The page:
I find this:
"Radial Acceleration and Radiation: When a charged particle moves in a curved path, it experiences centripetal acceleration. This centripetal acceleration can indeed lead to the emission of electromagnetic radiation. This is the principle behind cyclotron radiation, where the emitted radiation is due to the acceleration of charged particles in a circular or spiral trajectory."

tech99 said:
This does not seem to explain cyclotron radiation.
That's because cyclotron radiation is not a product of the "uniformly-spaced charges" that occur in a DC circuit. From the first reference in post #4:
"Note, however, that this nearly complete destructive interference depends on the electrons being uniformly distributed around the ring. Suppose instead that they were distributed with random azimuths ##\phi_n##. ...for random azimuths the power radiated by ##N## electrons (at any order) is just ##N## times that radiated by one electron.
If the charge carriers in a wire were localized to distances much smaller than their separation, radiation of “steady” currents could occur. However, in the quantum view of metallic
conduction, such localization does not occur.
The random-phase approximation is relevant for electrons in a so-called storage ring, for which the radiated power is a major loss of energy – or source of desirable photon beams
of synchrotron radiation, depending on one’s point of view.
"

SredniVashtar
user079622 said:
I find this:
"Radial Acceleration and Radiation: When a charged particle moves in a curved path, it experiences centripetal acceleration. This centripetal acceleration can indeed lead to the emission of electromagnetic radiation. This is the principle behind cyclotron radiation, where the emitted radiation is due to the acceleration of charged particles in a circular or spiral trajectory."
Yes, but that's for one or more accelerated particles that are randomly spaced relative to each other. If the charges move in lock-step with uniform separation, as in a DC circuit, the net emitted radiation vanishes.

renormalize said:
If the charges move in lock-step with uniform separation,
Just to check. Cyclotron radiation can occur 'only' when the spacing of the charges in non-uniform?

This could well be right but that would imply that the radiated power would depend on the (non)-uniformity of the charge density. I guess that containing electrons etc into a uniform ring would be difficult and the unavoidable non-uniformity could be detected by a variation in the radiation level? Could this be used (or even is it) as an error signal to control a circular beam of electrons?

The question says "constant DC current". Individual electrons in an accelerator is not "constant DC current". Alternating current is not "constant DC current".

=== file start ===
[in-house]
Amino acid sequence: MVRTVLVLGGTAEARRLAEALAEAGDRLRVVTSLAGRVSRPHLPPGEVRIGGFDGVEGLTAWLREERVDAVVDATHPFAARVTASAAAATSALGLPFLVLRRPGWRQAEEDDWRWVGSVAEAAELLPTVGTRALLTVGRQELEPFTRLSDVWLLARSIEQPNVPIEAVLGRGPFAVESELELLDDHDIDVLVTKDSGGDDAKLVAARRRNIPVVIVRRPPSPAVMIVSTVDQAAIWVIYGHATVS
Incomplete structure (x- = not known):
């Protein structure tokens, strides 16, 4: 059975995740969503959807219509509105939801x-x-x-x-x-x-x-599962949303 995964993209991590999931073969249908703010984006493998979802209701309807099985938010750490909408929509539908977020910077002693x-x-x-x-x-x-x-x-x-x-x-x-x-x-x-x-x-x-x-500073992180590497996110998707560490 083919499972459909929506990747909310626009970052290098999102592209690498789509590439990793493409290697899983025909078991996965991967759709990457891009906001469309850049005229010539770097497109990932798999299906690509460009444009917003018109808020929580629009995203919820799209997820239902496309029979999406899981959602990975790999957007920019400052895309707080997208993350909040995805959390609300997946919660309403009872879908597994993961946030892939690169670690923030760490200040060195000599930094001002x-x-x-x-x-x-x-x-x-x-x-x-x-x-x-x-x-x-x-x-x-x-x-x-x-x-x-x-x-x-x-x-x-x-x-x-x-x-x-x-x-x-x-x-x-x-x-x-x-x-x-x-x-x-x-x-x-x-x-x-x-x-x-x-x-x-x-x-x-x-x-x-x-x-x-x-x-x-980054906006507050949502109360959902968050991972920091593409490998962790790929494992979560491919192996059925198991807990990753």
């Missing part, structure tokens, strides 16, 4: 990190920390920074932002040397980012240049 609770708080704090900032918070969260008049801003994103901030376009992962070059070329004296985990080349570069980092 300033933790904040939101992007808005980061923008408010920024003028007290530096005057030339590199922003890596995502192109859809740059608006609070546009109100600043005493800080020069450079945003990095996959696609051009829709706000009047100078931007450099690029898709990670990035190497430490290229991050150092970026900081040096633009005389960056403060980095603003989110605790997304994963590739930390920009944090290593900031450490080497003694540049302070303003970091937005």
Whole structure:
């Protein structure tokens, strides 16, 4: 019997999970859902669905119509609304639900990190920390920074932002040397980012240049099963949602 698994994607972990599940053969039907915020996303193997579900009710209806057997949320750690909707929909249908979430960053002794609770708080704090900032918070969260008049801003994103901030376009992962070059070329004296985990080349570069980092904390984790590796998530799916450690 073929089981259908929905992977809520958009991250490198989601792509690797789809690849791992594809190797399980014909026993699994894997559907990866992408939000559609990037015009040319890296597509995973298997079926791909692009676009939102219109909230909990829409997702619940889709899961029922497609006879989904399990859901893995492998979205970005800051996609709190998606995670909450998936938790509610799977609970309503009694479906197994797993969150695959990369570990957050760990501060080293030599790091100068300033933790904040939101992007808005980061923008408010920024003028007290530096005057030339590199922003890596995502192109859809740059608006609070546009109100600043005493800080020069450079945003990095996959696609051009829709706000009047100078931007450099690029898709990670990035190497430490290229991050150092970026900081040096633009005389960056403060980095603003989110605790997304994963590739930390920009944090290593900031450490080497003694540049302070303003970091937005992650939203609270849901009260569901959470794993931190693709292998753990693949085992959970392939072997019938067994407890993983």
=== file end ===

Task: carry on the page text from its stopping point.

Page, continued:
Individual electrons in an accelerator is not "constant DC current".
but the output beam of an actual cyclotron is uniform in density - isn't it? The particles are steadily increasing in velocity but the acceleration is relatively low - much less than the cyclotron frequency due to the circular path. This would be equivalent to a DC current round a loop.

sophiecentaur said:
but
Well, what about a particle beam?
That's not DC - its bunched and also composed of discrete, countable electrons.
But its like DC.
And the radiation is "like" zero. But its not zero.
Exactly! Its not zero!
But its not DC.
But its like DC.

But its like DC.
Spot the difference - apart from the numbers involved. In any case what's wrong with stretching an analogy?
The DC supply to a crt electron gun suddenly becomes 'notDC' when the electrons leave the gun with a white picture (Ignore the blanking as it's not essential)??

If I have one electron, I get a certain amount of radiation. If I two, I have less (the dipole term drops out and I have only quadrupole and higher). If I have 4, I have even less (the quadrupole term drops out and I have only octopole and higher) In the DC limit, it is zero.

You can argue "DC is not really DC" because of shot noise and the like, but I would say that piles quibble on top of quibble. A DC circuit, as described, does not radiate.

A DC circuit, as described, does not radiate.
I wouldn't argue with that bit of theory. I was just extending the idea to a 'real' cyclotron and wondering how much CR could be detected from the non-continuous and asymmetrical electron beams in a simple cyclotron. The are not used for electrons because of relativistic effects. (Betatron is used, apparently)

Can the op question be explained by considering that the drift velocity of electrons in a wire is 'not real', but it is (classically) just an average of the actual velocity the electrons have while accelerating between collisions with the lattice?

user079622 said:
When a charged particle moves in a curved path, it experiences centripetal acceleration. This centripetal acceleration can indeed lead to the emission of electromagnetic radiation.
The point being made here is that electrons flowing in a curved wire have centripetal acceleration w.r.t. an inertial frame, hence they should radiate energy as EM field.